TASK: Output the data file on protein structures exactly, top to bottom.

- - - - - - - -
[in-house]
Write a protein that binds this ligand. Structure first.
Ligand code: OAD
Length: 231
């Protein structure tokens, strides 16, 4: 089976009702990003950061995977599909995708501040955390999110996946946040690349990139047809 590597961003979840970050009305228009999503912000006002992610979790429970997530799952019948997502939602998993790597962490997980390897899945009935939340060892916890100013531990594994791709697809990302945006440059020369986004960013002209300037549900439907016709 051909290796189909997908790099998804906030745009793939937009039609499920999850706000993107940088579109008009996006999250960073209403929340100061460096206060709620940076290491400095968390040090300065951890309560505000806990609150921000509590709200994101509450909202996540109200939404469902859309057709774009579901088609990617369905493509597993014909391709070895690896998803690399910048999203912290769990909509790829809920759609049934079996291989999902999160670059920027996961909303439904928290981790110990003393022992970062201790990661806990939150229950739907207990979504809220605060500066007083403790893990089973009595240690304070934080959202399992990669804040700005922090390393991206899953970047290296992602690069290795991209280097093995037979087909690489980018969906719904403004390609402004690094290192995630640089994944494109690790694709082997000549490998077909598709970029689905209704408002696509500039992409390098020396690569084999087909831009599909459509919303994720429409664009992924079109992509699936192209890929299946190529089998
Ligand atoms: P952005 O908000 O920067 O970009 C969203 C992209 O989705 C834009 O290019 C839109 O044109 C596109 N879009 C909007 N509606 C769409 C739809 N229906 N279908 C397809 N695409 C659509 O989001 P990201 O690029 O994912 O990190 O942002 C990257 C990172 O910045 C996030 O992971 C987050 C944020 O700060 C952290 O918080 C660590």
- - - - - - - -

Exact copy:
[in-house]
Write a protein that binds this ligand. Structure first.
Ligand code: OAD
Length: 231
């Protein structure tokens, strides 16, 4: 089976009702990003950061995977599909995708501040955390999110996946946040690349990139047809 590597961003979840970050009305228009999503912000006002992610979790429970997530799952019948997502939602998993790597962490997980390897899945009935939340060892916890100013531990594994791709697809990302945006440059020369986004960013002209300037549900439907016709 051909290796189909997908790099998804906030745009793939937009039609499920999850706000993107940088579109008009996006999250960073209403929340100061460096206060709620940076290491400095968390040090300065951890309560505000806990609150921000509590709200994101509450909202996540109200939404469902859309057709774009579901088609990617369905493509597993014909391709070895690896998803690399910048999203912290769990909509790829809920759609049934079996291989999902999160670059920027996961909303439904928290981790110990003393022992970062201790990661806990939150229950739907207990979504809220605060500066007083403790893990089973009595240690304070934080959202399992990669804040700005922090390393991206899953970047290296992602690069290795991209280097093995037979087909690489980018969906719904403004390609402004690094290192995630640089994944494109690790694709082997000549490998077909598709970029689905209704408002696509500039992409390098020396690569084999087909831009599909459509919303994720429409664009992924079109992509699936192209890929299946190529089998
Ligand atoms: P952005 O908000 O920067 O970009 C969203 C992209 O989705 C834009 O290019 C839109 O044109 C596109 N879009 C909007 N509606 C769409 C739809 N229906 N279908 C397809 N695409 C659509 O989001 P990201 O690029 O994912 O990190 O942002 C990257 C990172 O910045 C996030 O992971 C987050 C944020 O700060 C952290 O918080 C660590």